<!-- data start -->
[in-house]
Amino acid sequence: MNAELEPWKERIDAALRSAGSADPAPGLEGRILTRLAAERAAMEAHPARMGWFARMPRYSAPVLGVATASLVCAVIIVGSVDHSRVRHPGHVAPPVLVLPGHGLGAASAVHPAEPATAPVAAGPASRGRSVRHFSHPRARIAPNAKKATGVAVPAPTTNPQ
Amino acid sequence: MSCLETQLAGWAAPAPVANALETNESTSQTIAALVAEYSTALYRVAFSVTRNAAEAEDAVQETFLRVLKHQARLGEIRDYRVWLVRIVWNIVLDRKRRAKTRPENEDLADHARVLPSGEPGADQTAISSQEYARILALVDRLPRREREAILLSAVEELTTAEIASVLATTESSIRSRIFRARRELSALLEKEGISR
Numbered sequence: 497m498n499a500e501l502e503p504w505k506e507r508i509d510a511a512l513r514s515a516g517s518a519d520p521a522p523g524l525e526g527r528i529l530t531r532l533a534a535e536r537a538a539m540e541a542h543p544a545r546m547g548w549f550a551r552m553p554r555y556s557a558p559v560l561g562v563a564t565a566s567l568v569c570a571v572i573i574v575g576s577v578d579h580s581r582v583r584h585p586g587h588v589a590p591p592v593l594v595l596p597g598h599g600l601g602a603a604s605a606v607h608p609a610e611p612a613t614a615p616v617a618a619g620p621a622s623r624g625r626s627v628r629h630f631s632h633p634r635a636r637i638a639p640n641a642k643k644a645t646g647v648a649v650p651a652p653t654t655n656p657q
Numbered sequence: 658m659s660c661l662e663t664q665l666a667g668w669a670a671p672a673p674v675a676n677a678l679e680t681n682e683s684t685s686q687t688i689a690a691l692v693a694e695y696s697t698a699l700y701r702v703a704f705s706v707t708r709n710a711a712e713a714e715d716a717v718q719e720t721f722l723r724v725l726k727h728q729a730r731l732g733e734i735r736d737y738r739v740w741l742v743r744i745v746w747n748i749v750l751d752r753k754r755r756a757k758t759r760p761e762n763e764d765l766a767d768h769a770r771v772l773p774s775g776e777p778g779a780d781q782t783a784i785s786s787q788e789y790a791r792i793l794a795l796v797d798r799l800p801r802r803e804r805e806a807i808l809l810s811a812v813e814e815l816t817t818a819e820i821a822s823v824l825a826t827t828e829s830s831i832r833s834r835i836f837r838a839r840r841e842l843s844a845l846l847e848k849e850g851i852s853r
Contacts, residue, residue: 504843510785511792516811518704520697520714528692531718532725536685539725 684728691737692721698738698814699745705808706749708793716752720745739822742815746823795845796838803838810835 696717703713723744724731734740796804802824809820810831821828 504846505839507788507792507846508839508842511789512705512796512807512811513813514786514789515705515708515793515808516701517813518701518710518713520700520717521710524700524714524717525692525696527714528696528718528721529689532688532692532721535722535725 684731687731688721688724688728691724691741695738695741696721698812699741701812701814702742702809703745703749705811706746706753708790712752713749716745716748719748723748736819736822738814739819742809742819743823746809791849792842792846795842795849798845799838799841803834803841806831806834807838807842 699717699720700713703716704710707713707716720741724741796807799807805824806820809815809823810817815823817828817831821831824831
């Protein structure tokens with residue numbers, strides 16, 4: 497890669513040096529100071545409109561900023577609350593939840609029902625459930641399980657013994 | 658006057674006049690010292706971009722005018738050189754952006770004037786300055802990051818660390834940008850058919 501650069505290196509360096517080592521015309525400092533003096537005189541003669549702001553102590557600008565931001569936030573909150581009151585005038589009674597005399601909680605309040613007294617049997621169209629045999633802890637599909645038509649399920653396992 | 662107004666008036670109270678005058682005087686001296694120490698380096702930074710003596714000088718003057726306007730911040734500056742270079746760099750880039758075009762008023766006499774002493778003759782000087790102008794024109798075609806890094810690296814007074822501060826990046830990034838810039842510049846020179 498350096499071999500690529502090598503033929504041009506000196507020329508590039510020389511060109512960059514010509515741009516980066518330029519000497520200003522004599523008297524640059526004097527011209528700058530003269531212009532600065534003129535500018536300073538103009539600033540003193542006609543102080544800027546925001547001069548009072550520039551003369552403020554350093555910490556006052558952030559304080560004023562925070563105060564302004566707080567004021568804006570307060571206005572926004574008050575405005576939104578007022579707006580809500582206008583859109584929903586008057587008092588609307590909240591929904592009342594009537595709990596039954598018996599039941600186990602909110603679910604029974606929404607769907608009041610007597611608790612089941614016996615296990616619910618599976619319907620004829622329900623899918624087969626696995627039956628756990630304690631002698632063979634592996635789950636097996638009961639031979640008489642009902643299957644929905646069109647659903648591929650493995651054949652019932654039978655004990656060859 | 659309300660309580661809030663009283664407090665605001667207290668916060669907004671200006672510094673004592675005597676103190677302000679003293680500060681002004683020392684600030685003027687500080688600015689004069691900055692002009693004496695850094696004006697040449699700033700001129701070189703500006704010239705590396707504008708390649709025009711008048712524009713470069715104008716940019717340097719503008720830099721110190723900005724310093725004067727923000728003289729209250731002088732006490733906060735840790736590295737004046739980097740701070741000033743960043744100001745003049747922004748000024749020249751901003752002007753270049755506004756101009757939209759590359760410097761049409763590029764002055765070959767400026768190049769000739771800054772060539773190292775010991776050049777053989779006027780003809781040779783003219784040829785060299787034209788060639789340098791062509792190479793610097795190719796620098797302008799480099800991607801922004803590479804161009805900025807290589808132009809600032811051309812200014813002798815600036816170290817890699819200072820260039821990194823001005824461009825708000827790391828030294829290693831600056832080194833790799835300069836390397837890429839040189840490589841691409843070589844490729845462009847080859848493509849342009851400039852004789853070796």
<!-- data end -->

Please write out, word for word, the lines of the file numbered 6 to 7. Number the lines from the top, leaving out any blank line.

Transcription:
Contacts, residue, residue: 504843510785511792516811518704520697520714528692531718532725536685539725 684728691737692721698738698814699745705808706749708793716752720745739822742815746823795845796838803838810835 696717703713723744724731734740796804802824809820810831821828 504846505839507788507792507846508839508842511789512705512796512807512811513813514786514789515705515708515793515808516701517813518701518710518713520700520717521710524700524714524717525692525696527714528696528718528721529689532688532692532721535722535725 684731687731688721688724688728691724691741695738695741696721698812699741701812701814702742702809703745703749705811706746706753708790712752713749716745716748719748723748736819736822738814739819742809742819743823746809791849792842792846795842795849798845799838799841803834803841806831806834807838807842 699717699720700713703716704710707713707716720741724741796807799807805824806820809815809823810817815823817828817831821831824831
């Protein structure tokens with residue numbers, strides 16, 4: 497890669513040096529100071545409109561900023577609350593939840609029902625459930641399980657013994 | 658006057674006049690010292706971009722005018738050189754952006770004037786300055802990051818660390834940008850058919 501650069505290196509360096517080592521015309525400092533003096537005189541003669549702001553102590557600008565931001569936030573909150581009151585005038589009674597005399601909680605309040613007294617049997621169209629045999633802890637599909645038509649399920653396992 | 662107004666008036670109270678005058682005087686001296694120490698380096702930074710003596714000088718003057726306007730911040734500056742270079746760099750880039758075009762008023766006499774002493778003759782000087790102008794024109798075609806890094810690296814007074822501060826990046830990034838810039842510049846020179 498350096499071999500690529502090598503033929504041009506000196507020329508590039510020389511060109512960059514010509515741009516980066518330029519000497520200003522004599523008297524640059526004097527011209528700058530003269531212009532600065534003129535500018536300073538103009539600033540003193542006609543102080544800027546925001547001069548009072550520039551003369552403020554350093555910490556006052558952030559304080560004023562925070563105060564302004566707080567004021568804006570307060571206005572926004574008050575405005576939104578007022579707006580809500582206008583859109584929903586008057587008092588609307590909240591929904592009342594009537595709990596039954598018996599039941600186990602909110603679910604029974606929404607769907608009041610007597611608790612089941614016996615296990616619910618599976619319907620004829622329900623899918624087969626696995627039956628756990630304690631002698632063979634592996635789950636097996638009961639031979640008489642009902643299957644929905646069109647659903648591929650493995651054949652019932654039978655004990656060859 | 659309300660309580661809030663009283664407090665605001667207290668916060669907004671200006672510094673004592675005597676103190677302000679003293680500060681002004683020392684600030685003027687500080688600015689004069691900055692002009693004496695850094696004006697040449699700033700001129701070189703500006704010239705590396707504008708390649709025009711008048712524009713470069715104008716940019717340097719503008720830099721110190723900005724310093725004067727923000728003289729209250731002088732006490733906060735840790736590295737004046739980097740701070741000033743960043744100001745003049747922004748000024749020249751901003752002007753270049755506004756101009757939209759590359760410097761049409763590029764002055765070959767400026768190049769000739771800054772060539773190292775010991776050049777053989779006027780003809781040779783003219784040829785060299787034209788060639789340098791062509792190479793610097795190719796620098797302008799480099800991607801922004803590479804161009805900025807290589808132009809600032811051309812200014813002798815600036816170290817890699819200072820260039821990194823001005824461009825708000827790391828030294829290693831600056832080194833790799835300069836390397837890429839040189840490589841691409843070589844490729845462009847080859848493509849342009851400039852004789853070796």